Western NC Community Cohort Team Holds Symposium to Address Regional Education and Workforce Goals
On Wednesday, Nov. 8, representatives from more than 85 organizations and institutions based in Western North Carolina attended the A3 Education and Workforce Symposium at UNC Asheville. The event was organized by the Talent First Economics Community Cohort Western Mountain Region team, a group of certified workforce development leaders helping increase employment opportunities for underrepresented workers in the region.
The symposium aimed to “Align, Aspire and Achieve” the region’s educational attainment and workforce development goals by gathering leaders across education, government, business and community-based sectors. Attendees had the opportunity to present their respective programs, learn from industry peers, and develop a greater understanding of the resources and organizations available to potential Western North Carolina workers and their employers.
Land of Sky P-20 Council Executive Director Emily Nicholson said the need to combine both education and workforce was an obvious choice when planning for the event.
“Research has proven more and more that you can’t separate K-12 from post secondary [education],” explained Nicholson. “So it sort of is a natural thing for us to thread those things together.”
At the symposium, attendees heard from Biltmore Farms CEO and IEI National Advisory Board Chair Jack Cecil, UNC Asheville Interim Chancellor Kimberly Van Noort, and myFutureNC President and CEO Cecelia Holden. Holden presented myFutureNC’s county data profiles, detailing the western region’s strengths and weaknesses in reaching North Carolina’s educational attainment goal. Following these remarks ncIMPACT Director Anita Brown-Graham led an employer discussion panel that illustrated to attendees the ways in which employers and businesses are working to bridge gaps between workforce and education needs.
Before the main portion of the symposium began, Nicholson pointed the attendees toward the small candies at the center of each table. Each candy symbolized the “Innovations in Action” presentations where presenters offered a small taste of their program to the audience. This fun-sized presentation model allowed attendees to hear from more than twenty nonprofits, education-based businesses, teacher support programs and higher education initiatives across Early Childhood Education, K-12 Education, and Post Secondary.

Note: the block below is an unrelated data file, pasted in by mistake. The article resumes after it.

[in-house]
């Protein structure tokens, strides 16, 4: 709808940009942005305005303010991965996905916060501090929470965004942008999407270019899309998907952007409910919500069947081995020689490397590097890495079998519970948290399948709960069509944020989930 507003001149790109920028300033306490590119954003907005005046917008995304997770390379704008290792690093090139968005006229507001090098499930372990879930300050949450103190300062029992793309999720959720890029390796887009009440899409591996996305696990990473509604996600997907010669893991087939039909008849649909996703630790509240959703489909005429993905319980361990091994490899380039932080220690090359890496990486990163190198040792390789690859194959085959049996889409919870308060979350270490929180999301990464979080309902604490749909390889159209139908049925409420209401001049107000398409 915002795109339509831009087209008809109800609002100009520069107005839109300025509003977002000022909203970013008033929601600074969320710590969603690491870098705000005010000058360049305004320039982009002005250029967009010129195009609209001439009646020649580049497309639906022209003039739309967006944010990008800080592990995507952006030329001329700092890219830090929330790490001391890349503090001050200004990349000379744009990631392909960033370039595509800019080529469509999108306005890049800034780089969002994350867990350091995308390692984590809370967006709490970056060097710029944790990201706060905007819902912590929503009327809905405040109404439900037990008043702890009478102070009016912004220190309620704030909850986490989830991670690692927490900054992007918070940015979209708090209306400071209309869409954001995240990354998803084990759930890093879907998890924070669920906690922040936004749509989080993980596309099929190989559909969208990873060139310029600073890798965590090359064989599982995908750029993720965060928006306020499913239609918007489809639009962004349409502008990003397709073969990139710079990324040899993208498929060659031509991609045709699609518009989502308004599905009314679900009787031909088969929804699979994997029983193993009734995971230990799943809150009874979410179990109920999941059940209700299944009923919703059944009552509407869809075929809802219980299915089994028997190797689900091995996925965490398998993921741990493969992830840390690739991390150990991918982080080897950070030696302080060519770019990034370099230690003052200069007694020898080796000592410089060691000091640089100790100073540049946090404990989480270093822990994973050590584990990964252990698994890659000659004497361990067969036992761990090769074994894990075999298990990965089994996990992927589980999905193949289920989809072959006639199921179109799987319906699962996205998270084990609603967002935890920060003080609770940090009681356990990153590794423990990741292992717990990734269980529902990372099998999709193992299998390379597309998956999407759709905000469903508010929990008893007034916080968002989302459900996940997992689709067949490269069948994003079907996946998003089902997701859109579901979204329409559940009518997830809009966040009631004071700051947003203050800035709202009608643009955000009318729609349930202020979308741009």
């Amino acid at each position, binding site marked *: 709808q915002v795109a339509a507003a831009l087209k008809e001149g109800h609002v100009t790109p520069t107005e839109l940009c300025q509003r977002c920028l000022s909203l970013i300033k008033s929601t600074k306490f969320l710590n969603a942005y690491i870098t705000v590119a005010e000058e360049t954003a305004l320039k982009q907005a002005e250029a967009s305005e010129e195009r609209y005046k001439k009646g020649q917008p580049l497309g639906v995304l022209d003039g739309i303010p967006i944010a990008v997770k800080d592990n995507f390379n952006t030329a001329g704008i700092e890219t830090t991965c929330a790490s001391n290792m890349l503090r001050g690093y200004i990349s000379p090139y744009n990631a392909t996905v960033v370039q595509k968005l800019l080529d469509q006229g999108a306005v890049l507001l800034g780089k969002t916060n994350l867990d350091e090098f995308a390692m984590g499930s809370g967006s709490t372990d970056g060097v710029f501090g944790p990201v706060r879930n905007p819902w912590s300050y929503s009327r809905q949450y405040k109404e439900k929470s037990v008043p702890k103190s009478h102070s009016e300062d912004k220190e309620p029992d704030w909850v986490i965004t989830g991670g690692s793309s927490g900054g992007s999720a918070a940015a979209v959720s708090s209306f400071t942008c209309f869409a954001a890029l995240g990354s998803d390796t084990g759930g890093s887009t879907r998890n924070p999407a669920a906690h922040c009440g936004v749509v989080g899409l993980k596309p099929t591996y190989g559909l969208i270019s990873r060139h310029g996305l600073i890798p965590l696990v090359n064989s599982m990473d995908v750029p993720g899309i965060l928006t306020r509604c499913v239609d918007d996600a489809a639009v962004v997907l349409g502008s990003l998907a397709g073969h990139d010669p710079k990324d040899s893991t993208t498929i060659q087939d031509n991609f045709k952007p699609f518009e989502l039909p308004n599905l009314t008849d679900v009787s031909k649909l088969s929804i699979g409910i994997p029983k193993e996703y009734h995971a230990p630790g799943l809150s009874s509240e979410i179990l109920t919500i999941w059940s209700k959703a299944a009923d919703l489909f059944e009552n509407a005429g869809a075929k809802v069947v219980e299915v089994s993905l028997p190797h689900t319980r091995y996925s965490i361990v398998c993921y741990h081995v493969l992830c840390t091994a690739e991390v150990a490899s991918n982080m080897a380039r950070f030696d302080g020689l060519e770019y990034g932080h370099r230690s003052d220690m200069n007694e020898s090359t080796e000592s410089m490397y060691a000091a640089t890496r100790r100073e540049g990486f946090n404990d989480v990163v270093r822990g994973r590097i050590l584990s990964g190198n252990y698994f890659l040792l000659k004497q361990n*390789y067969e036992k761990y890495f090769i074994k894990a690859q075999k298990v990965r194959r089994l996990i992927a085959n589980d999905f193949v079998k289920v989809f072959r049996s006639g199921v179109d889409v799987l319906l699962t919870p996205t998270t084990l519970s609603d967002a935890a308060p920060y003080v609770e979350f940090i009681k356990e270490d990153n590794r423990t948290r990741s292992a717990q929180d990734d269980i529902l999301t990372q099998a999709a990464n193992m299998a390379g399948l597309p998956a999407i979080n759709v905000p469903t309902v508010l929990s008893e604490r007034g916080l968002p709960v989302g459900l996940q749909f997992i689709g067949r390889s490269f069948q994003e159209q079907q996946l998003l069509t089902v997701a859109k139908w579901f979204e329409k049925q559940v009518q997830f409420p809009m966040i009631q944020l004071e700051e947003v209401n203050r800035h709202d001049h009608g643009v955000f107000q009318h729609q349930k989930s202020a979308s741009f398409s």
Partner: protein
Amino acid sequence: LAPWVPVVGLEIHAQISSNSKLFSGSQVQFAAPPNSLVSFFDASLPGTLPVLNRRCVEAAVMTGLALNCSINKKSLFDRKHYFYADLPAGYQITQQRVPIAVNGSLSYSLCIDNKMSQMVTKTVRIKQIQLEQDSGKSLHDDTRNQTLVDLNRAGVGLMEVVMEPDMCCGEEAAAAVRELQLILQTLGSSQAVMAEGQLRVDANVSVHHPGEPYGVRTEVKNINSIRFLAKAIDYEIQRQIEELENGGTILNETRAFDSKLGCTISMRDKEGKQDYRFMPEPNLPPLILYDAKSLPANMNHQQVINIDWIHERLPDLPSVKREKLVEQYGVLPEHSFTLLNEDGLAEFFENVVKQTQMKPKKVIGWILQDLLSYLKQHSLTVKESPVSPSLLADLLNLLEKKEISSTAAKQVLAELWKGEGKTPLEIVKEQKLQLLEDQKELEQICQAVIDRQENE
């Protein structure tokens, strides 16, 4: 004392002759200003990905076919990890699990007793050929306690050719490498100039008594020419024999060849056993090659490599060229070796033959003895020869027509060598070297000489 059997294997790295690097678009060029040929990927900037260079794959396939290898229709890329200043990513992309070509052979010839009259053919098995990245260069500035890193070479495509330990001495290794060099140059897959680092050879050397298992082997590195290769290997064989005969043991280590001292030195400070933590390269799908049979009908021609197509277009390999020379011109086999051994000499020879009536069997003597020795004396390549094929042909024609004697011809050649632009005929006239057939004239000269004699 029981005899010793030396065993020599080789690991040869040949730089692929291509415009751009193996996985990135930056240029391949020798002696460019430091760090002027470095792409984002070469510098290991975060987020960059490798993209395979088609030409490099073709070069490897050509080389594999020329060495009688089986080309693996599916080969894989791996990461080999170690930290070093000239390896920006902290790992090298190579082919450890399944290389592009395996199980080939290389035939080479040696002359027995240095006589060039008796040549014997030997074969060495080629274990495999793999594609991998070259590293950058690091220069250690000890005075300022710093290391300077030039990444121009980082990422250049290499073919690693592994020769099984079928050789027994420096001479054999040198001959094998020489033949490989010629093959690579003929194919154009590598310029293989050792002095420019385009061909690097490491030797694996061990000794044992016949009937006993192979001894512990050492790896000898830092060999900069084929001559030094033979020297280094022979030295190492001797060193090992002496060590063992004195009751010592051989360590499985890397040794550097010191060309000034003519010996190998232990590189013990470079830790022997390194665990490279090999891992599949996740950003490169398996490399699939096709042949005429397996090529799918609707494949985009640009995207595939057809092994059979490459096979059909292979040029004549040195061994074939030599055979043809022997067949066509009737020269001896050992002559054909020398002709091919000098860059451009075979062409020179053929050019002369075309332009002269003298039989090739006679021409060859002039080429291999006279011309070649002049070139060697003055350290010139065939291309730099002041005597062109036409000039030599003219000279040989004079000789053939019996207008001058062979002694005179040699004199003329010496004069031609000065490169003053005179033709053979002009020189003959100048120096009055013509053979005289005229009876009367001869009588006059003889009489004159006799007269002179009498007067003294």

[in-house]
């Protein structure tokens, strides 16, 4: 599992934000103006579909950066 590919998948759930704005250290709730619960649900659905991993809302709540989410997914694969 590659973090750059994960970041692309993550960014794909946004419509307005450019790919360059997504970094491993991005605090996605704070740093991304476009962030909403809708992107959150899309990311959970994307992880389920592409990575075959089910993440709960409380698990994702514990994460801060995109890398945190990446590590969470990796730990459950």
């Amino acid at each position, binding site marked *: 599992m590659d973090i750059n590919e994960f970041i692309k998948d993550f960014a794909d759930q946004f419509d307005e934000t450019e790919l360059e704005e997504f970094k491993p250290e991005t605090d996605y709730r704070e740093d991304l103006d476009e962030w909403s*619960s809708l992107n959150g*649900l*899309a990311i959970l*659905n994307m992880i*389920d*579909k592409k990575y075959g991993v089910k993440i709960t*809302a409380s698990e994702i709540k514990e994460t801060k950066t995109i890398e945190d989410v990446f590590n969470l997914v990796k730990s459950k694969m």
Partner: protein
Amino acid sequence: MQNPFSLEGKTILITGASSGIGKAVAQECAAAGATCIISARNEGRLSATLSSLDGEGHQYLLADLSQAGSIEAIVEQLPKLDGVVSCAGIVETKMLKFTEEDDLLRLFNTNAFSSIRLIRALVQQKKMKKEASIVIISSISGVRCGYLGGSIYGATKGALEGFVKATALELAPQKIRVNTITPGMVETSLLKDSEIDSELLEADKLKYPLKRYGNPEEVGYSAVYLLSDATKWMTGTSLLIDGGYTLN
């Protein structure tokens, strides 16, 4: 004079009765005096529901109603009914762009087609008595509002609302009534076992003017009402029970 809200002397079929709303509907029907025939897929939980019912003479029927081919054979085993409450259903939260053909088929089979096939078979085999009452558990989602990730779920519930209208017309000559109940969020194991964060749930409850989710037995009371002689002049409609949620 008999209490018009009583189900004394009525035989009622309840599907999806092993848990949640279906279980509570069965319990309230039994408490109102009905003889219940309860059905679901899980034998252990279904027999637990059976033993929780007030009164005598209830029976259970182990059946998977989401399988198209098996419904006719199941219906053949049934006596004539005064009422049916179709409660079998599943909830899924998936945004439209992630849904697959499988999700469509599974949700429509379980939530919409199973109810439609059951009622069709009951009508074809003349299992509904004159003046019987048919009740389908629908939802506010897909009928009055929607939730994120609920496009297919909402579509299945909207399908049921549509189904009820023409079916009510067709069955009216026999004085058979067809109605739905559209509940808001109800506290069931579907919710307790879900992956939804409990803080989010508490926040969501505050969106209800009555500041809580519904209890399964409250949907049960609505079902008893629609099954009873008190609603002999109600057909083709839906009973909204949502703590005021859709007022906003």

Blue Ridge Community College Vice President of Student Services Kirsten Bunch presented her program aimed to keep adult learners enrolled in college. The program has utilized personal success coaches to ensure adult students feel included in campus life and are well-equipped technologically.
Jay Korreck and Liz Beck presented on Constructive Learning Design, which has connected teachers, students and businesses to solve local problems. Educational curriculum is applied to real-life issues, instilling students of all ages with the core skill of problem solving.
BCS Learning Labs Workforce Coordinator Caitlin Johnson and Preschool Director Betsie Stockslager presented their preschool program, which is housed within four high schools across Buncombe County Schools (BCS). High schoolers interested in early childhood education are able to gain hands-on experience in a preschool classroom, while also earning school credit through the Career and Technical Education (CTE) program. BCS Learning Labs has acted as a model for combatting the labor shortage amongst early childhood educators, as well as providing on-site childcare to BCS employees.
This is just a small sample of the many innovative ideas and grassroots programs presented at the A3 Education and Workforce Symposium. You can find a full list of the presenters here.
Networking and Learning
As BCS Career Development Coordinator Charles Furlow and Western Carolina University Director of Continuing Education and Workforce Training Roy Kaplan talked during lunch, it was clear that the A3 Symposium was not only a forum for presenting, but an environment for fostering new conversations and connections. The pair shared with each other the challenges they faced in their respective industries and asked each other questions about how those could be best resolved. While operating in different counties, this serendipitous lunch pair was able to offer each other advice and provide insight into how those challenges were being addressed in their respective communities.
“As a new career development coordinator I’m just looking for tools for my toolbox,” said Furlow. “I’m looking for those partnerships, those innovations that are out there, so I can provide more opportunities for my students.”
Kaplan echoed this sentiment, explaining how attending the A3 Symposium allowed him to learn about the workforce and education efforts that are already happening in the region.
“I’m behind very comfortable walls and in a little bubble being in higher education,” said Kaplan. “I’ve just been very impressed with the innovation that is going on across these different industries. That’s motivating to me when I go back to the office.”
Attendees of the inaugural A3 Symposium in Asheville walked away with new ways of enhancing and connecting with education and workforce developments in their own communities. The combination of government officials, university faculty, non-profits, and public school employees in attendance resembled the collaborative efforts that are needed, and are already happening, in Western North Carolina.